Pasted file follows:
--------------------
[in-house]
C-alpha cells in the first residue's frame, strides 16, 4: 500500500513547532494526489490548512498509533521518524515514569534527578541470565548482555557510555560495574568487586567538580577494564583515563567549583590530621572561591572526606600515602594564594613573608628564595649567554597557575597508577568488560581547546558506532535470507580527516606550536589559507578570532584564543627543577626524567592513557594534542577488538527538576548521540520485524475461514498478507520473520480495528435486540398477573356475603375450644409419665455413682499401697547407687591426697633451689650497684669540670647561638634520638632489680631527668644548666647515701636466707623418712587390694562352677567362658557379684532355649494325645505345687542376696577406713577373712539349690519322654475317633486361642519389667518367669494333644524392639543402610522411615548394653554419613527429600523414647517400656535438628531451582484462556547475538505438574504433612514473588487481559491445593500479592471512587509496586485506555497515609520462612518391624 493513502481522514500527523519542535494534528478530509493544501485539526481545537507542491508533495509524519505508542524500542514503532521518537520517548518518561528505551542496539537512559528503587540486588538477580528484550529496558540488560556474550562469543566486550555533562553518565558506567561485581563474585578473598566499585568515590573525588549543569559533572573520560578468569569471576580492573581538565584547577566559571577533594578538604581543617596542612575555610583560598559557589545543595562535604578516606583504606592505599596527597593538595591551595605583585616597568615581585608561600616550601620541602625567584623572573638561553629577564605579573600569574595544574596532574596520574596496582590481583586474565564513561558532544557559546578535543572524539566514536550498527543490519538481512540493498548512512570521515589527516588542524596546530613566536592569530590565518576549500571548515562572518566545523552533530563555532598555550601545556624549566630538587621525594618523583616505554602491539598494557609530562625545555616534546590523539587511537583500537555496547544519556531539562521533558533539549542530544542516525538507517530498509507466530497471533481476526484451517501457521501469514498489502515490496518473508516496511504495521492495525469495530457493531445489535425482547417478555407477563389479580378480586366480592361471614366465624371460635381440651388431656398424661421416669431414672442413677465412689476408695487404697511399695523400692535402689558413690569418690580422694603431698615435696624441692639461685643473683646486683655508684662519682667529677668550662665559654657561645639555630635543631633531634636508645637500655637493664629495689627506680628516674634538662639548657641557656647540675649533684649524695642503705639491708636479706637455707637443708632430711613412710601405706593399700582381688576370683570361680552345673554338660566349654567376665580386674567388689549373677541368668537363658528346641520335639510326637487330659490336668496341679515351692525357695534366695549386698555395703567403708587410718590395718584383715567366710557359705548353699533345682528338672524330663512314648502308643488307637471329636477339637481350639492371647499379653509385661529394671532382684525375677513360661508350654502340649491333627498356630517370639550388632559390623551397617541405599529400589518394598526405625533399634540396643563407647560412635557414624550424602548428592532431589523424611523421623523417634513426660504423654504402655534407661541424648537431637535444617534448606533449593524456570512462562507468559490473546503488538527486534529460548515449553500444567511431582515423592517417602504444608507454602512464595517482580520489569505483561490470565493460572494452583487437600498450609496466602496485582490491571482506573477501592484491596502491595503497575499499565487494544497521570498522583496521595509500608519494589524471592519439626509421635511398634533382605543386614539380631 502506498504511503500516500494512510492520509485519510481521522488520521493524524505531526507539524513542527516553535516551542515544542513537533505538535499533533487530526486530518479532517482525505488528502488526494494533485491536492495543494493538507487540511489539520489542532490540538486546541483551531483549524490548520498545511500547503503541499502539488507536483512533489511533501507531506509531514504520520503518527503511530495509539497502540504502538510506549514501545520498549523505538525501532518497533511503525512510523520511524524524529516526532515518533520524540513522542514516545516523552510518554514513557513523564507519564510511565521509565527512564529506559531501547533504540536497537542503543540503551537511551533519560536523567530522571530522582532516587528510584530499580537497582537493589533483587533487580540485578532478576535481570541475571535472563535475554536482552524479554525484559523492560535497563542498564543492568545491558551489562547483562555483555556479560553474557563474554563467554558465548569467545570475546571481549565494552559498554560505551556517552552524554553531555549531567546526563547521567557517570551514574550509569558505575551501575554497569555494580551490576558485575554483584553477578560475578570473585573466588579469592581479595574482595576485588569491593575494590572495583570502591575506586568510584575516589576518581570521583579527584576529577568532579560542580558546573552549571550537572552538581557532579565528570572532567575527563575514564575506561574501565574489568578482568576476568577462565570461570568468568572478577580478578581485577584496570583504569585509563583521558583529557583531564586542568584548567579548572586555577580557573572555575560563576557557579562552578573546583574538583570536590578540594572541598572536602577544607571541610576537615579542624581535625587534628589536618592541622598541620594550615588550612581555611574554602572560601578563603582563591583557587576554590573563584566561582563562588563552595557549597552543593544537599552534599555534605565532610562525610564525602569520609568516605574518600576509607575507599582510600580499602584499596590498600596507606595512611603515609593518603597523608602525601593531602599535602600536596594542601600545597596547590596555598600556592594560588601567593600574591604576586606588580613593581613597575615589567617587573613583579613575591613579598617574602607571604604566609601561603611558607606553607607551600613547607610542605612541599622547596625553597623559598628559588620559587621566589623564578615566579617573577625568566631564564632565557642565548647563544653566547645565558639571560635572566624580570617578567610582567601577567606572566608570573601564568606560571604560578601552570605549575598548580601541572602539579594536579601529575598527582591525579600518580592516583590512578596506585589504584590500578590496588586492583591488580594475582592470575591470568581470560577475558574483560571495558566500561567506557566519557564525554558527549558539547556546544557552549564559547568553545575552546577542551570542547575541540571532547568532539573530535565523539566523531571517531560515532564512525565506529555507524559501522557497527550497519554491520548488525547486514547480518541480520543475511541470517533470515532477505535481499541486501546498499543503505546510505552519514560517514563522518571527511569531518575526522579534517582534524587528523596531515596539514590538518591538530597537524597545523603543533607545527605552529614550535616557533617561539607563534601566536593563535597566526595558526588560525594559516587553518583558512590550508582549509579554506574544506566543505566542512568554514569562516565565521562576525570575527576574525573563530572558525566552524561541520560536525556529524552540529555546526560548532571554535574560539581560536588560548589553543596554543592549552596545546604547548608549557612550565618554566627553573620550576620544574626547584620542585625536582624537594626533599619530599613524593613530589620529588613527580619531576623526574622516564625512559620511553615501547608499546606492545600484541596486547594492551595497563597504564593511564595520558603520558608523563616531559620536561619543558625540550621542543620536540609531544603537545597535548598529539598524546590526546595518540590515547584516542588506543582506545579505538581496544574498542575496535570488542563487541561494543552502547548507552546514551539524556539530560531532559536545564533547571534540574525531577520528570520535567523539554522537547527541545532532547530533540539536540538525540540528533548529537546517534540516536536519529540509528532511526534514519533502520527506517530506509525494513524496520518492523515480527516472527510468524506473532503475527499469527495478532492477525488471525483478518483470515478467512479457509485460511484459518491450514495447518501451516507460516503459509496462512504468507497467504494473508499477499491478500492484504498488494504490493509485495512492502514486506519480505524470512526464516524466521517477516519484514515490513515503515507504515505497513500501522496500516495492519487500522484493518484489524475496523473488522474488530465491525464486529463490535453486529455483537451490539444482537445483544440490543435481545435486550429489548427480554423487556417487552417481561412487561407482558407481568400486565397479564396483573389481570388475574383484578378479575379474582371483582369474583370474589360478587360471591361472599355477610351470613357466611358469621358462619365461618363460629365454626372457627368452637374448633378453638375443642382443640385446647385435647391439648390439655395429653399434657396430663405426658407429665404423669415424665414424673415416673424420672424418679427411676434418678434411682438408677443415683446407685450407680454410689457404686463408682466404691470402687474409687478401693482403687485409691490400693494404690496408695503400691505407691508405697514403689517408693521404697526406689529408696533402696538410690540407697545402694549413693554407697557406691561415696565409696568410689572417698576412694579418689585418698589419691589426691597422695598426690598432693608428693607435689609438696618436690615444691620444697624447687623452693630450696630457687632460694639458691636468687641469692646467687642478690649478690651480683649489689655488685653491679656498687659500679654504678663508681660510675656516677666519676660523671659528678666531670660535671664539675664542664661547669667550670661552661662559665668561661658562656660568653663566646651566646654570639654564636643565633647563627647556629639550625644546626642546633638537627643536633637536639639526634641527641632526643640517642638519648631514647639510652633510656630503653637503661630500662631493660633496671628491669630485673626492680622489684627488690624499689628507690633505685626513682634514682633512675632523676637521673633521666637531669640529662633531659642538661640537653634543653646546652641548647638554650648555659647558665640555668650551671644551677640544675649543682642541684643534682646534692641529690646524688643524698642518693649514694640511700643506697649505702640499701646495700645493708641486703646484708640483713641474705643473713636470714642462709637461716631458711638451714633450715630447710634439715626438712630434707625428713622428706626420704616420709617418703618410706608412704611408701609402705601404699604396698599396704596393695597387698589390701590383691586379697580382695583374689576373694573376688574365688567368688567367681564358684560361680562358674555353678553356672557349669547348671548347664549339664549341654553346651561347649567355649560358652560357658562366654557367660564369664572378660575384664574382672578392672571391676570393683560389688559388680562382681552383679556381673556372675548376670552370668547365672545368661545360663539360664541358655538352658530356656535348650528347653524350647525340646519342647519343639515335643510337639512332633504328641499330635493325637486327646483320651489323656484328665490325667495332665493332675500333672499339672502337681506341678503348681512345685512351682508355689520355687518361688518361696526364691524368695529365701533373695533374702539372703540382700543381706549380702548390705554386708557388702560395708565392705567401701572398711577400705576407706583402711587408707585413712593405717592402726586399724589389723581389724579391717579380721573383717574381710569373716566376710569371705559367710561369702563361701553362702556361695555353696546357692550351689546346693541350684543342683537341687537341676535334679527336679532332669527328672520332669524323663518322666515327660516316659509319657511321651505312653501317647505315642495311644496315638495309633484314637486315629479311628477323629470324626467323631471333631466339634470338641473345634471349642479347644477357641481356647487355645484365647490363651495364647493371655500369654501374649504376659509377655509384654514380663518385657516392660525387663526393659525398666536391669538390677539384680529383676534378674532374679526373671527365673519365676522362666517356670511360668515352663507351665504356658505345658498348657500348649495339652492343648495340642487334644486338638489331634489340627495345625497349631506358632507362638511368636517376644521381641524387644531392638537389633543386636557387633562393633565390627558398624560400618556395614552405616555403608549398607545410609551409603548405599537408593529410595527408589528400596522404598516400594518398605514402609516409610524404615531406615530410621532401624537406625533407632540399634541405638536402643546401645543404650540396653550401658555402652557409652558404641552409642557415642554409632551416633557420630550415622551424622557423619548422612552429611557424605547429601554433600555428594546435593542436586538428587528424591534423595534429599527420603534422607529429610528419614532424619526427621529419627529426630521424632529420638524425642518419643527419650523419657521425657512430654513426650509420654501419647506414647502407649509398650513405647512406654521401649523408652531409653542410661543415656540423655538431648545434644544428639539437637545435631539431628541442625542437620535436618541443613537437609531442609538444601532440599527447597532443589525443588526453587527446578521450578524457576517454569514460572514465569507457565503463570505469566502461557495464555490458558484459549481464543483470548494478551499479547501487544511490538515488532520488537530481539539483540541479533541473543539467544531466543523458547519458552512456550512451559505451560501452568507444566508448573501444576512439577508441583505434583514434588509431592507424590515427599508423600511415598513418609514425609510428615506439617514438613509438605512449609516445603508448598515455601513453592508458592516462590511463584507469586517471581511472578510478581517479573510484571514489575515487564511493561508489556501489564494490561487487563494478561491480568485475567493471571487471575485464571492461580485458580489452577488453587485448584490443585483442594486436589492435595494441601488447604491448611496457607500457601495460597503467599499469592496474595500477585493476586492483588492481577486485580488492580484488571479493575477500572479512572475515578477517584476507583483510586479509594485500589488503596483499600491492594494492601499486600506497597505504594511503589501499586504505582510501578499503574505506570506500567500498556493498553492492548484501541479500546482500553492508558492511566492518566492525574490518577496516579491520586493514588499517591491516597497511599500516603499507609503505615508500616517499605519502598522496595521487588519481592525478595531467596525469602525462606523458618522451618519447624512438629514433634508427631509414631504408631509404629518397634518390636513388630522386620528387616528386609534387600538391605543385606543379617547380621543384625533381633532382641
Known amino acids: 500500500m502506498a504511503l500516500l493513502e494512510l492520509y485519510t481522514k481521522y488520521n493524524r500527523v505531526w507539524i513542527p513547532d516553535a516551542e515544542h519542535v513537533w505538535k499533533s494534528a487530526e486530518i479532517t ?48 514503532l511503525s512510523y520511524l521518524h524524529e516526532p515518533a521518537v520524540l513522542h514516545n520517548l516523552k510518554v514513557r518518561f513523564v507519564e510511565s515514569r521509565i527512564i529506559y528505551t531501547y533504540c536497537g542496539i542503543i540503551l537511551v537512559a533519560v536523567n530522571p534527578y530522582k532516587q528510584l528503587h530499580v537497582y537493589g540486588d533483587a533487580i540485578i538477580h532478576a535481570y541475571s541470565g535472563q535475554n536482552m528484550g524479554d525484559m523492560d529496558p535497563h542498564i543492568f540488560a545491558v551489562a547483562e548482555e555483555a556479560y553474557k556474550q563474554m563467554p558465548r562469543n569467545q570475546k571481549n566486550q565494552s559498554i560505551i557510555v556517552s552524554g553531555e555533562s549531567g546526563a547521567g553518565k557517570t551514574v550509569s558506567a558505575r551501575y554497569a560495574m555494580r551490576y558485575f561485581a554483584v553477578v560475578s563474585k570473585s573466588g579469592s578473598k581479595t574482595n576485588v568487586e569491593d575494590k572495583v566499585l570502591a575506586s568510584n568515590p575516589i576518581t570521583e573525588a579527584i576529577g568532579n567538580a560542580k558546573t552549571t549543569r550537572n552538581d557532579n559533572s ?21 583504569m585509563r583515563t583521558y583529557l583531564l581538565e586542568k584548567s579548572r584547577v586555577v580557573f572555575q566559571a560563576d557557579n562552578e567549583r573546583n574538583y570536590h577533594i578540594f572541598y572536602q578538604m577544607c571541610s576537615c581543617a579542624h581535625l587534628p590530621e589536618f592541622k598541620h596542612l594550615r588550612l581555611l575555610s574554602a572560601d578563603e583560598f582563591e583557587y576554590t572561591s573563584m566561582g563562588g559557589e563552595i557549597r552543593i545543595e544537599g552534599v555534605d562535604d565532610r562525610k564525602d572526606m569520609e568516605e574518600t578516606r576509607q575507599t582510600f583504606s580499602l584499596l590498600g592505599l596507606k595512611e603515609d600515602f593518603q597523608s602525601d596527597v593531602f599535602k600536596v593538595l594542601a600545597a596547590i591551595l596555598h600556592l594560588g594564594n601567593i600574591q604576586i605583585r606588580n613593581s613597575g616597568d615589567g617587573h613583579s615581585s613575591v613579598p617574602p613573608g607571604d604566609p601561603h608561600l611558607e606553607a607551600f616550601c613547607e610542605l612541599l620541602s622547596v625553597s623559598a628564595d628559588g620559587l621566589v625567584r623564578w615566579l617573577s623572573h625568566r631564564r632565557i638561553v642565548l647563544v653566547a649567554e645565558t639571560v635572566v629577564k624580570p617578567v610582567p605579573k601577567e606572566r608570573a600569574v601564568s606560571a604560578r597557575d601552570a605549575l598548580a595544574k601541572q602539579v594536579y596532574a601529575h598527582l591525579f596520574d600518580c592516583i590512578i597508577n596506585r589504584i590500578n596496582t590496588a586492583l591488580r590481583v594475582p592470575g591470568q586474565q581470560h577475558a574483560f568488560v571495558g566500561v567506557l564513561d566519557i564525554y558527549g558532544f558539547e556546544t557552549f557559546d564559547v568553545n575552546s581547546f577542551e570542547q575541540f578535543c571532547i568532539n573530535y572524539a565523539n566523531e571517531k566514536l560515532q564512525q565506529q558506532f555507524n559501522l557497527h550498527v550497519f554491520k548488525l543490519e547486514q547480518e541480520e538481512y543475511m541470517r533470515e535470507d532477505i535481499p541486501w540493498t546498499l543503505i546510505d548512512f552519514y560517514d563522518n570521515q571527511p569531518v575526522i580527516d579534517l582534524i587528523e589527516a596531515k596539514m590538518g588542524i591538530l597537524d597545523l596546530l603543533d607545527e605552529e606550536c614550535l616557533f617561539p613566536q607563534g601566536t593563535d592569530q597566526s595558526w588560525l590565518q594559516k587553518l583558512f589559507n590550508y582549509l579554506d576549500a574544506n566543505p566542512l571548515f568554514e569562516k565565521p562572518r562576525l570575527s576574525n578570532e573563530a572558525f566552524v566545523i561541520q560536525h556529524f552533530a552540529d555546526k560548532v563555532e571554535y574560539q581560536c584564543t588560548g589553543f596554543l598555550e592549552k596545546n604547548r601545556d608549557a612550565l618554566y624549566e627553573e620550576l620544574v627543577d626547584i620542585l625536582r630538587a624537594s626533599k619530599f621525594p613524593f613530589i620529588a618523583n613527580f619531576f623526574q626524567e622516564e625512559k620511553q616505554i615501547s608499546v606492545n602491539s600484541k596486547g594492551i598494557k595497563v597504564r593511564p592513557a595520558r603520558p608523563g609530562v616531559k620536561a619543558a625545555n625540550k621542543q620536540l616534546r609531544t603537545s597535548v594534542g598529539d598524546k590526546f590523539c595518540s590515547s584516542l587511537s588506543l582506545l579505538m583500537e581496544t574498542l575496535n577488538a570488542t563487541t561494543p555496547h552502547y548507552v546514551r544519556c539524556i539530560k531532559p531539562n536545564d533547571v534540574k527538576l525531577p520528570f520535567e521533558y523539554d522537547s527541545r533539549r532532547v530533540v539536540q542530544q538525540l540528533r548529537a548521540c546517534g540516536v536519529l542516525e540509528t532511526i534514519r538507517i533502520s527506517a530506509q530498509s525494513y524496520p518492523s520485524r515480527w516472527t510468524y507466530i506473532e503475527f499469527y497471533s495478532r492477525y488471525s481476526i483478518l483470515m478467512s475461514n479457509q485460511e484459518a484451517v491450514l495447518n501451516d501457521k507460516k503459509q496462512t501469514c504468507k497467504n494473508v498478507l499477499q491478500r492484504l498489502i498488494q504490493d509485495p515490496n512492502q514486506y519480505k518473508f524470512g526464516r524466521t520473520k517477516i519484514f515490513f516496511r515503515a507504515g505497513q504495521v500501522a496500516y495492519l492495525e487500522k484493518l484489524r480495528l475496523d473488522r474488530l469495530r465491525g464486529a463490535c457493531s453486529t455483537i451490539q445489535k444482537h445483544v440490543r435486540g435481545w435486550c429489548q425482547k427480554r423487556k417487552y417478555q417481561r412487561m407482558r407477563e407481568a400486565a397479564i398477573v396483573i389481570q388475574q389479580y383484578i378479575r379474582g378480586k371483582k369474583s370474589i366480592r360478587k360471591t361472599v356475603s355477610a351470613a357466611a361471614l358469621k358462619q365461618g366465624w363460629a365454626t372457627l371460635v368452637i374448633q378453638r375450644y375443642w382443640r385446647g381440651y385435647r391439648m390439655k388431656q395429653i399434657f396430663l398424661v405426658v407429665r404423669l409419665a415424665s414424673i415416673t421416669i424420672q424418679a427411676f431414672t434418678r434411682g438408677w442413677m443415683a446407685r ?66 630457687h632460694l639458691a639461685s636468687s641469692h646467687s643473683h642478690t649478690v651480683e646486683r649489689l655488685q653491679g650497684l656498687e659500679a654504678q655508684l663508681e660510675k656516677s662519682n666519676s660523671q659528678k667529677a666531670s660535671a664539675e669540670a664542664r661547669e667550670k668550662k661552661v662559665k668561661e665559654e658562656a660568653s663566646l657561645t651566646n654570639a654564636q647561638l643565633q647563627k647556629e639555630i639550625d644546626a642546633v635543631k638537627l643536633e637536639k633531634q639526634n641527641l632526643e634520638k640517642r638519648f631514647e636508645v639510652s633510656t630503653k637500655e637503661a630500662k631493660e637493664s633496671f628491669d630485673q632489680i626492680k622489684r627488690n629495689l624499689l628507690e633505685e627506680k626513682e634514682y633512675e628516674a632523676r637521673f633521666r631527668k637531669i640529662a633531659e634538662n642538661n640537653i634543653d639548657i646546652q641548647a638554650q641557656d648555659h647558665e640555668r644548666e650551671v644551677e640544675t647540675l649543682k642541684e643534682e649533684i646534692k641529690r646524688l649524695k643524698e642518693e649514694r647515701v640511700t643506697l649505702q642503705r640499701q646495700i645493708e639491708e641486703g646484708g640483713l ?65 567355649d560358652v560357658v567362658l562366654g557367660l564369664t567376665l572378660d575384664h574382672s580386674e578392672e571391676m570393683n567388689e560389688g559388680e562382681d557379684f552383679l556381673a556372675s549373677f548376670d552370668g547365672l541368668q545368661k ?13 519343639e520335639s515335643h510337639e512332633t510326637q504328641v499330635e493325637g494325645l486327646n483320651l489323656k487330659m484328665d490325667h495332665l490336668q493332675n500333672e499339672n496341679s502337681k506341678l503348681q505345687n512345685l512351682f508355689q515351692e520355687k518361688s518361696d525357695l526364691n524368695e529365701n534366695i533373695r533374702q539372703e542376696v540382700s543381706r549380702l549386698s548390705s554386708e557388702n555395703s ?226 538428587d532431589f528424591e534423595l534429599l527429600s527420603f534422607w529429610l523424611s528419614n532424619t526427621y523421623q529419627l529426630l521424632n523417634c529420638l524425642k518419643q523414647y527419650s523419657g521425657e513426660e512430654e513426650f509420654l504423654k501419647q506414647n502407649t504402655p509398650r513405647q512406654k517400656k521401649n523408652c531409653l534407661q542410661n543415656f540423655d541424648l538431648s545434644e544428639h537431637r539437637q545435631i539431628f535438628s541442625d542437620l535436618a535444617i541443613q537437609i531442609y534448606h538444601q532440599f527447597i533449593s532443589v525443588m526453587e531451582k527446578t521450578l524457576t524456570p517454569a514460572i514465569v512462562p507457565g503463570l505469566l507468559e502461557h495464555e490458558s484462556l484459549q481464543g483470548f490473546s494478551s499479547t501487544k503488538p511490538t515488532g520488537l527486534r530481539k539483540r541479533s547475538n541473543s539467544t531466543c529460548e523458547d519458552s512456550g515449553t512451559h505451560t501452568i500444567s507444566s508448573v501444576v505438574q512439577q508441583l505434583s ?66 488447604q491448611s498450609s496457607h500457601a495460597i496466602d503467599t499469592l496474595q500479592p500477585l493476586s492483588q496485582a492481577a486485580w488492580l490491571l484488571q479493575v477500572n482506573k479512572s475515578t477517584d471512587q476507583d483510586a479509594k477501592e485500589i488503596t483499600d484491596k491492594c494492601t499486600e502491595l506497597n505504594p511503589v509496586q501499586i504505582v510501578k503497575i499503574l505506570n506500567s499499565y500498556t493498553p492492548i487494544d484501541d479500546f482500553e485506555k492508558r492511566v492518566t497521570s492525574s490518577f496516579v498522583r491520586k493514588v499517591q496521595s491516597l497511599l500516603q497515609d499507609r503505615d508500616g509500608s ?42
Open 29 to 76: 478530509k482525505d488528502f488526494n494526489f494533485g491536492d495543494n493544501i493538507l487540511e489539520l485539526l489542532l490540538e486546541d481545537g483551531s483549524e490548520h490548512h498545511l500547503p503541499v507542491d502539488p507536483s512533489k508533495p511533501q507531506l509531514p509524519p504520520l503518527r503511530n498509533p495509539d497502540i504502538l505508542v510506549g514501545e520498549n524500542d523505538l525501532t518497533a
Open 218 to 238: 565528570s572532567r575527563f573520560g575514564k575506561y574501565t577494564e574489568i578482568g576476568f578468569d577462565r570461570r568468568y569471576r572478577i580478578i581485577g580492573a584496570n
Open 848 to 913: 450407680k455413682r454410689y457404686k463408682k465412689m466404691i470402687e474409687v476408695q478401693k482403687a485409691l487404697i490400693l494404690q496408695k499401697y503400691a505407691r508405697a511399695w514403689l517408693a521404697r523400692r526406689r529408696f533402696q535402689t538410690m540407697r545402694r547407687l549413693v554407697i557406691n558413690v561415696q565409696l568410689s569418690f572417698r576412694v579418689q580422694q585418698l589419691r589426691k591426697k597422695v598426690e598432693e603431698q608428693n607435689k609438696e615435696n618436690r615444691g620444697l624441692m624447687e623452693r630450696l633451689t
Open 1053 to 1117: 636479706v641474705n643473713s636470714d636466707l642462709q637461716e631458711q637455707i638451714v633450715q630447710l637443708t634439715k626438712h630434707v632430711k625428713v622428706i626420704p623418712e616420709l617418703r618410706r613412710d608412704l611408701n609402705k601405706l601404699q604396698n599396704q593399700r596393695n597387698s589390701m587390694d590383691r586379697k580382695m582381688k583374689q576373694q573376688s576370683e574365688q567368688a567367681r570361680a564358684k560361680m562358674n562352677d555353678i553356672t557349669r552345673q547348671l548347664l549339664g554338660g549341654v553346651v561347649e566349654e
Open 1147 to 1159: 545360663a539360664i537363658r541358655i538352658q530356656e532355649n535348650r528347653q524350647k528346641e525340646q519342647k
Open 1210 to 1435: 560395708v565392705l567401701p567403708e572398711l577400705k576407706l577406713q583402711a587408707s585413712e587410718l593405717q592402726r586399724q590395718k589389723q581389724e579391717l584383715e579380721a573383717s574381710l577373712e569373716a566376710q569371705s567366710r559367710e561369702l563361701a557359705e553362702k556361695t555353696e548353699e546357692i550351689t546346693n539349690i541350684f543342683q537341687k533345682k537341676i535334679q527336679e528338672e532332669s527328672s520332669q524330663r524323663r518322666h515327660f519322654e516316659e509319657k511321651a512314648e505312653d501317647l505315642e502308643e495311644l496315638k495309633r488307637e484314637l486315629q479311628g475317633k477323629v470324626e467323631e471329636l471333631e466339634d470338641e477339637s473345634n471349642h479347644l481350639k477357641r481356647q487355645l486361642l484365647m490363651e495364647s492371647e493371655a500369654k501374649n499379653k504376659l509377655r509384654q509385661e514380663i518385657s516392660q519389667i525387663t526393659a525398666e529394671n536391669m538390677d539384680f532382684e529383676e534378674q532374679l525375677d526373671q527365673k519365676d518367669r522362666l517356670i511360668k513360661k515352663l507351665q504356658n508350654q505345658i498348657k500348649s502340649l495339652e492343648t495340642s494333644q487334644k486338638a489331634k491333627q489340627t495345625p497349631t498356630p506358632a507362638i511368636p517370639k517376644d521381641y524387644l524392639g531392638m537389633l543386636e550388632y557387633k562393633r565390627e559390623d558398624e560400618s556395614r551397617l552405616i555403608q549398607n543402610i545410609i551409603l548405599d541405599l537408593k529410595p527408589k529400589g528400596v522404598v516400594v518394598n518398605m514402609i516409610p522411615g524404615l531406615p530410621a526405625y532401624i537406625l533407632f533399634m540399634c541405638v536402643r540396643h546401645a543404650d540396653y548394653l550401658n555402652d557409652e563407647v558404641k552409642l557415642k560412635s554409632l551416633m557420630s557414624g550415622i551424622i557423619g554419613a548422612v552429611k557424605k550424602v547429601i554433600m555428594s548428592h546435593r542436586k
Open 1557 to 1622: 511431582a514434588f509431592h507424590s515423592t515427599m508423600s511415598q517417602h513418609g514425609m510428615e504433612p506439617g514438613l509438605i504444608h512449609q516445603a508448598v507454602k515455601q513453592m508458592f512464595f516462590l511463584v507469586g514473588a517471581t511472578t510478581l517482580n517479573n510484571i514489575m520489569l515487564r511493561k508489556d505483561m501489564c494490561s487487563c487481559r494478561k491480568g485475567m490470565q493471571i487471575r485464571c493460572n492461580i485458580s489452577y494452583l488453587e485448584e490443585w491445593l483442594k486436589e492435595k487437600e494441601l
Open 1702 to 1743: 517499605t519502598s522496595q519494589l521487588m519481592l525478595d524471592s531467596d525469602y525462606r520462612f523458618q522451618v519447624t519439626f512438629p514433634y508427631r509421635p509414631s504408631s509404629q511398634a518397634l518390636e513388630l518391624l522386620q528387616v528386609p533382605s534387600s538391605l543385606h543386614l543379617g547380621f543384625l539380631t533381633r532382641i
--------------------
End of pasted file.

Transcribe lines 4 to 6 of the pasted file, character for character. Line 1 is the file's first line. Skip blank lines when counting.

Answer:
Open 29 to 76: 478530509k482525505d488528502f488526494n494526489f494533485g491536492d495543494n493544501i493538507l487540511e489539520l485539526l489542532l490540538e486546541d481545537g483551531s483549524e490548520h490548512h498545511l500547503p503541499v507542491d502539488p507536483s512533489k508533495p511533501q507531506l509531514p509524519p504520520l503518527r503511530n498509533p495509539d497502540i504502538l505508542v510506549g514501545e520498549n524500542d523505538l525501532t518497533a
Open 218 to 238: 565528570s572532567r575527563f573520560g575514564k575506561y574501565t577494564e574489568i578482568g576476568f578468569d577462565r570461570r568468568y569471576r572478577i580478578i581485577g580492573a584496570n
Open 848 to 913: 450407680k455413682r454410689y457404686k463408682k465412689m466404691i470402687e474409687v476408695q478401693k482403687a485409691l487404697i490400693l494404690q496408695k499401697y503400691a505407691r508405697a511399695w514403689l517408693a521404697r523400692r526406689r529408696f533402696q535402689t538410690m540407697r545402694r547407687l549413693v554407697i557406691n558413690v561415696q565409696l568410689s569418690f572417698r576412694v579418689q580422694q585418698l589419691r589426691k591426697k597422695v598426690e598432693e603431698q608428693n607435689k609438696e615435696n618436690r615444691g620444697l624441692m624447687e623452693r630450696l633451689t